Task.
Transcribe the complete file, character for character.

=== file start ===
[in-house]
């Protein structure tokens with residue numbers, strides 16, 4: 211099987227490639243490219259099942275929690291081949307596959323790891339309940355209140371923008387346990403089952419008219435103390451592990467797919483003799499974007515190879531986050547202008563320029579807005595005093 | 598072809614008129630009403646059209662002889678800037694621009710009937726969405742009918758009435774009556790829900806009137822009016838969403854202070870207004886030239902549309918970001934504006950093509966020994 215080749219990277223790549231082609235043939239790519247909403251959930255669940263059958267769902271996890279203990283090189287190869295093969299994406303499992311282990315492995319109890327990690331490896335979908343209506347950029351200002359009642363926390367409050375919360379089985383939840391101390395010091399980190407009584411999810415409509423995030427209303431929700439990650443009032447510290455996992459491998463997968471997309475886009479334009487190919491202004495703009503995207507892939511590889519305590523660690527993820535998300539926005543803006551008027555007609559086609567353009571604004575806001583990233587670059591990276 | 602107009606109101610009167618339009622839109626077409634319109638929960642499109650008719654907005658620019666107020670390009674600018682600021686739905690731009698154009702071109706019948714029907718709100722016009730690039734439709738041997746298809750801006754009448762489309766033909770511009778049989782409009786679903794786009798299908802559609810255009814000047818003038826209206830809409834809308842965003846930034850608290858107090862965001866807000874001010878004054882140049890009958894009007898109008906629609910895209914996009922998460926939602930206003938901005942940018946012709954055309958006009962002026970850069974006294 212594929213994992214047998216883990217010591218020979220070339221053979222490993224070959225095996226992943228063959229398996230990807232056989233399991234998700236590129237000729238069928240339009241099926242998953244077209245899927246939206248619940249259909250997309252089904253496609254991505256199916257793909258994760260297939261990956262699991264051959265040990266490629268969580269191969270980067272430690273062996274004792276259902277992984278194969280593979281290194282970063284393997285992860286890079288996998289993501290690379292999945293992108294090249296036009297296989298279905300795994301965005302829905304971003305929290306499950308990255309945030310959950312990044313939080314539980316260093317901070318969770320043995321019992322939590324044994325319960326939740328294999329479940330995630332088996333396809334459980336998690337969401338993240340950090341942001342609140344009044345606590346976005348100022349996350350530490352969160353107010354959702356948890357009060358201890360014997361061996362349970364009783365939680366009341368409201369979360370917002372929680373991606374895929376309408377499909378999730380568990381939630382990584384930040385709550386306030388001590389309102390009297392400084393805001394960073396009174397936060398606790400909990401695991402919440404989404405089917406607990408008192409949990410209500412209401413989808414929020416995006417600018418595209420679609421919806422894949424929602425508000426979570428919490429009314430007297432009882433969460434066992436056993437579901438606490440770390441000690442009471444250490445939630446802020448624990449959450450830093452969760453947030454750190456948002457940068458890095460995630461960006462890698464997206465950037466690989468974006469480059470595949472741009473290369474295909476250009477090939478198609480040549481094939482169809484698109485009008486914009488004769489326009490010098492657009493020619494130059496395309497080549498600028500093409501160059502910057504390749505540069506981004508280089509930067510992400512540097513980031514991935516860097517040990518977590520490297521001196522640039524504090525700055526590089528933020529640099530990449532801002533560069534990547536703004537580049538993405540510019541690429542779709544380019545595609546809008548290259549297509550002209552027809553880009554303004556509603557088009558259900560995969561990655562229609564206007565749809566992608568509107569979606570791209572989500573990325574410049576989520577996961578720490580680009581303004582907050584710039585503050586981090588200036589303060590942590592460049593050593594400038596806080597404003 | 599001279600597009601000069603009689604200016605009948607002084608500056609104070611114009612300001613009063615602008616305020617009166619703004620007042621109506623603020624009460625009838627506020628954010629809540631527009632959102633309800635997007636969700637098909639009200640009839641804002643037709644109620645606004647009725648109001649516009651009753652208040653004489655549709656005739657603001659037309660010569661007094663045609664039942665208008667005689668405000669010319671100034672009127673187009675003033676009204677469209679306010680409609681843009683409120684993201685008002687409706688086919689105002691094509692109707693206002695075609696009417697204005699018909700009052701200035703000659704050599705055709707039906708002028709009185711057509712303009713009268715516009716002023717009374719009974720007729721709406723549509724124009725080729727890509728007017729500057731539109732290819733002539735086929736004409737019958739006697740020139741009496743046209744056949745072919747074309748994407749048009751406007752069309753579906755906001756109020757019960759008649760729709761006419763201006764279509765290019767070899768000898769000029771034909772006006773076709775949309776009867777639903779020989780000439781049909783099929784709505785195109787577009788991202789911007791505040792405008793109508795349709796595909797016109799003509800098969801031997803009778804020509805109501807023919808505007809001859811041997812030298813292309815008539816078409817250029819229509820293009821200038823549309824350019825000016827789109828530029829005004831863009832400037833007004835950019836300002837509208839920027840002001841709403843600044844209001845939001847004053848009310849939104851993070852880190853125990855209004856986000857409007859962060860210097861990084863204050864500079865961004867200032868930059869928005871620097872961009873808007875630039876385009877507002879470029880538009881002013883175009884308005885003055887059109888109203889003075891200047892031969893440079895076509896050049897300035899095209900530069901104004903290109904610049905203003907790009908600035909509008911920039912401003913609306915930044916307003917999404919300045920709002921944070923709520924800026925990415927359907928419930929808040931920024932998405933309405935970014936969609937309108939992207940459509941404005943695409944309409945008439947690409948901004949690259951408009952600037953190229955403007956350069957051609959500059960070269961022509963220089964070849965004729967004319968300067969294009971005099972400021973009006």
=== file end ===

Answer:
[in-house]
């Protein structure tokens with residue numbers, strides 16, 4: 211099987227490639243490219259099942275929690291081949307596959323790891339309940355209140371923008387346990403089952419008219435103390451592990467797919483003799499974007515190879531986050547202008563320029579807005595005093 | 598072809614008129630009403646059209662002889678800037694621009710009937726969405742009918758009435774009556790829900806009137822009016838969403854202070870207004886030239902549309918970001934504006950093509966020994 215080749219990277223790549231082609235043939239790519247909403251959930255669940263059958267769902271996890279203990283090189287190869295093969299994406303499992311282990315492995319109890327990690331490896335979908343209506347950029351200002359009642363926390367409050375919360379089985383939840391101390395010091399980190407009584411999810415409509423995030427209303431929700439990650443009032447510290455996992459491998463997968471997309475886009479334009487190919491202004495703009503995207507892939511590889519305590523660690527993820535998300539926005543803006551008027555007609559086609567353009571604004575806001583990233587670059591990276 | 602107009606109101610009167618339009622839109626077409634319109638929960642499109650008719654907005658620019666107020670390009674600018682600021686739905690731009698154009702071109706019948714029907718709100722016009730690039734439709738041997746298809750801006754009448762489309766033909770511009778049989782409009786679903794786009798299908802559609810255009814000047818003038826209206830809409834809308842965003846930034850608290858107090862965001866807000874001010878004054882140049890009958894009007898109008906629609910895209914996009922998460926939602930206003938901005942940018946012709954055309958006009962002026970850069974006294 212594929213994992214047998216883990217010591218020979220070339221053979222490993224070959225095996226992943228063959229398996230990807232056989233399991234998700236590129237000729238069928240339009241099926242998953244077209245899927246939206248619940249259909250997309252089904253496609254991505256199916257793909258994760260297939261990956262699991264051959265040990266490629268969580269191969270980067272430690273062996274004792276259902277992984278194969280593979281290194282970063284393997285992860286890079288996998289993501290690379292999945293992108294090249296036009297296989298279905300795994301965005302829905304971003305929290306499950308990255309945030310959950312990044313939080314539980316260093317901070318969770320043995321019992322939590324044994325319960326939740328294999329479940330995630332088996333396809334459980336998690337969401338993240340950090341942001342609140344009044345606590346976005348100022349996350350530490352969160353107010354959702356948890357009060358201890360014997361061996362349970364009783365939680366009341368409201369979360370917002372929680373991606374895929376309408377499909378999730380568990381939630382990584384930040385709550386306030388001590389309102390009297392400084393805001394960073396009174397936060398606790400909990401695991402919440404989404405089917406607990408008192409949990410209500412209401413989808414929020416995006417600018418595209420679609421919806422894949424929602425508000426979570428919490429009314430007297432009882433969460434066992436056993437579901438606490440770390441000690442009471444250490445939630446802020448624990449959450450830093452969760453947030454750190456948002457940068458890095460995630461960006462890698464997206465950037466690989468974006469480059470595949472741009473290369474295909476250009477090939478198609480040549481094939482169809484698109485009008486914009488004769489326009490010098492657009493020619494130059496395309497080549498600028500093409501160059502910057504390749505540069506981004508280089509930067510992400512540097513980031514991935516860097517040990518977590520490297521001196522640039524504090525700055526590089528933020529640099530990449532801002533560069534990547536703004537580049538993405540510019541690429542779709544380019545595609546809008548290259549297509550002209552027809553880009554303004556509603557088009558259900560995969561990655562229609564206007565749809566992608568509107569979606570791209572989500573990325574410049576989520577996961578720490580680009581303004582907050584710039585503050586981090588200036589303060590942590592460049593050593594400038596806080597404003 | 599001279600597009601000069603009689604200016605009948607002084608500056609104070611114009612300001613009063615602008616305020617009166619703004620007042621109506623603020624009460625009838627506020628954010629809540631527009632959102633309800635997007636969700637098909639009200640009839641804002643037709644109620645606004647009725648109001649516009651009753652208040653004489655549709656005739657603001659037309660010569661007094663045609664039942665208008667005689668405000669010319671100034672009127673187009675003033676009204677469209679306010680409609681843009683409120684993201685008002687409706688086919689105002691094509692109707693206002695075609696009417697204005699018909700009052701200035703000659704050599705055709707039906708002028709009185711057509712303009713009268715516009716002023717009374719009974720007729721709406723549509724124009725080729727890509728007017729500057731539109732290819733002539735086929736004409737019958739006697740020139741009496743046209744056949745072919747074309748994407749048009751406007752069309753579906755906001756109020757019960759008649760729709761006419763201006764279509765290019767070899768000898769000029771034909772006006773076709775949309776009867777639903779020989780000439781049909783099929784709505785195109787577009788991202789911007791505040792405008793109508795349709796595909797016109799003509800098969801031997803009778804020509805109501807023919808505007809001859811041997812030298813292309815008539816078409817250029819229509820293009821200038823549309824350019825000016827789109828530029829005004831863009832400037833007004835950019836300002837509208839920027840002001841709403843600044844209001845939001847004053848009310849939104851993070852880190853125990855209004856986000857409007859962060860210097861990084863204050864500079865961004867200032868930059869928005871620097872961009873808007875630039876385009877507002879470029880538009881002013883175009884308005885003055887059109888109203889003075891200047892031969893440079895076509896050049897300035899095209900530069901104004903290109904610049905203003907790009908600035909509008911920039912401003913609306915930044916307003917999404919300045920709002921944070923709520924800026925990415927359907928419930929808040931920024932998405933309405935970014936969609937309108939992207940459509941404005943695409944309409945008439947690409948901004949690259951408009952600037953190229955403007956350069957051609959500059960070269961022509963220089964070849965004729967004319968300067969294009971005099972400021973009006």